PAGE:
The APEX Quantitative Proteomics Tool, introduced here, is a free open source Java application that supports the APEX protein quantitation technique. The APEX tool uses data from standard tandem mass spectrometry proteomics experiments and provides computational support for APEX protein abundance quantitation through a set of graphical user interfaces that partition thparameter controls for the various processing tasks. The tool also provides a Z-score analysis for identification of significant differential protein expression, a utility to assess APEX classifier performance via cross validation, and a utility to merge multiple APEX results into a standardized format in preparation for further statistical analysis.
The APEX Quantitative Proteomics Tool provides a simple means to quickly derive hundreds to thousands of protein abundance values from standard liquid chromatography-tandem mass spectrometry proteomics datasets. The APEX tool provides a straightforward intuitive interface design overlaying a highly customizable computational workflow to produce protein abundance values from LC-MS/MS datasets.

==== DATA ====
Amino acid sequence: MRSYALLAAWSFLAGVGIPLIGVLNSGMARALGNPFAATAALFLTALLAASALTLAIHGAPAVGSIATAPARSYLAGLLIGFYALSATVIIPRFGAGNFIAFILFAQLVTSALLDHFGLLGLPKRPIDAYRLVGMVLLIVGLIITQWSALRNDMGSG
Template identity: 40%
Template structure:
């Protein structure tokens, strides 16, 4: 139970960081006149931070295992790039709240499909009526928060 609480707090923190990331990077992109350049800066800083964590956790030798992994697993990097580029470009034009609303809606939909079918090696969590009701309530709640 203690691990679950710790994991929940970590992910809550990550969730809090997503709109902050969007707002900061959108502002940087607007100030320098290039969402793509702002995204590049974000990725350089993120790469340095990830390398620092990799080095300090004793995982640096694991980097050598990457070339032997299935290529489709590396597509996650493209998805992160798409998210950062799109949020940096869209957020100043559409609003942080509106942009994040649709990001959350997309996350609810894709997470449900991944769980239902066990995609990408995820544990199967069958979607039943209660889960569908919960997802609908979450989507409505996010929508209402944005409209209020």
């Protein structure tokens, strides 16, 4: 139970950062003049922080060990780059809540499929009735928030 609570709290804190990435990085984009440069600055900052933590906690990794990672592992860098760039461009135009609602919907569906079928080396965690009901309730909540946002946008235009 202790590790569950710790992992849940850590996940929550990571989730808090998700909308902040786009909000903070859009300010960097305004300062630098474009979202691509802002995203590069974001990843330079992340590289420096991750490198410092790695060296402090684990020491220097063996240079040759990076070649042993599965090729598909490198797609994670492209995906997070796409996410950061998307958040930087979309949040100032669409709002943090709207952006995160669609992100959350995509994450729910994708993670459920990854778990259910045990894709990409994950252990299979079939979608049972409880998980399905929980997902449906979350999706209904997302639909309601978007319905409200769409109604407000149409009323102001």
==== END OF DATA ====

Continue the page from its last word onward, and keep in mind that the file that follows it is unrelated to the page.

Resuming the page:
The field of proteomics has used mass spectrometry (MS) techniques to provide qualitative results that describe the protein complement of complex protein samples . Researchers also use modifications of these MS technologies for the quantitative analysis of proteins in complex samples [1–3], and often hundreds to thousands of proteins are quantified per experiment. Some quantitative techniques involve peptide isotopic labeling [4–8]. In contrast, label-free techniques have focused on analysis of MS/MS peak heights or observed peptide spectral count information [9–12]. Peptides are produced in an enzymatic digestion of the protein mixture, often using trypsin, which generally cleaves the proteins at the C-terminus of lysine or arginine amino acid residues .